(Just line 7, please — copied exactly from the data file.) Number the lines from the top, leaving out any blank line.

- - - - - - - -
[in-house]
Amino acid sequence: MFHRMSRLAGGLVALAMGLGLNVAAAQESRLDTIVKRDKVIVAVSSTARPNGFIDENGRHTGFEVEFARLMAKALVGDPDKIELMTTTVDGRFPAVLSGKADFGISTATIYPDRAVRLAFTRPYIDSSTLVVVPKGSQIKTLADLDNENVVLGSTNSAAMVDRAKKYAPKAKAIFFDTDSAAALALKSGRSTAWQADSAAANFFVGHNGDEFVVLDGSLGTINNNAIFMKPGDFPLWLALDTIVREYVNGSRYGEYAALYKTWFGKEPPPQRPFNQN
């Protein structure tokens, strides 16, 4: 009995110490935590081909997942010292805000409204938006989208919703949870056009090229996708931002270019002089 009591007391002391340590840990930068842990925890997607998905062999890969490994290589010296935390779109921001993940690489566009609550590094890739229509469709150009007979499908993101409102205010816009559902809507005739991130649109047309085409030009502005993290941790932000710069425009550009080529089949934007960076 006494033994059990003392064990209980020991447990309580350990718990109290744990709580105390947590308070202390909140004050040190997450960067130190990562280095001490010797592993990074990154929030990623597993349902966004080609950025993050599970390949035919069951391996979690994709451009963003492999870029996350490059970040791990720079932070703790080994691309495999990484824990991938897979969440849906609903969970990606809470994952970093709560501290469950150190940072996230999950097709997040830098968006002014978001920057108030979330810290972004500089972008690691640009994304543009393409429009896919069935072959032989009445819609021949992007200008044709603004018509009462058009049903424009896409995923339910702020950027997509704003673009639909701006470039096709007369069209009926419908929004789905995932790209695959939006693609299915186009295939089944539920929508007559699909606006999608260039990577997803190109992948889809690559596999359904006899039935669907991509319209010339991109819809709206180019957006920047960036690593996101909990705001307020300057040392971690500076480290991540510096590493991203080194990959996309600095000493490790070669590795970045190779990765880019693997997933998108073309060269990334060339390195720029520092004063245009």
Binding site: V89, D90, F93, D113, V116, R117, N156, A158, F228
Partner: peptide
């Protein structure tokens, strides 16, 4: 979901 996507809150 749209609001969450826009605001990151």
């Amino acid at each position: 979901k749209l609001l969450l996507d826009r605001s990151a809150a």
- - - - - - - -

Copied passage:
């Amino acid at each position: 979901k749209l609001l969450l996507d826009r605001s990151a809150a």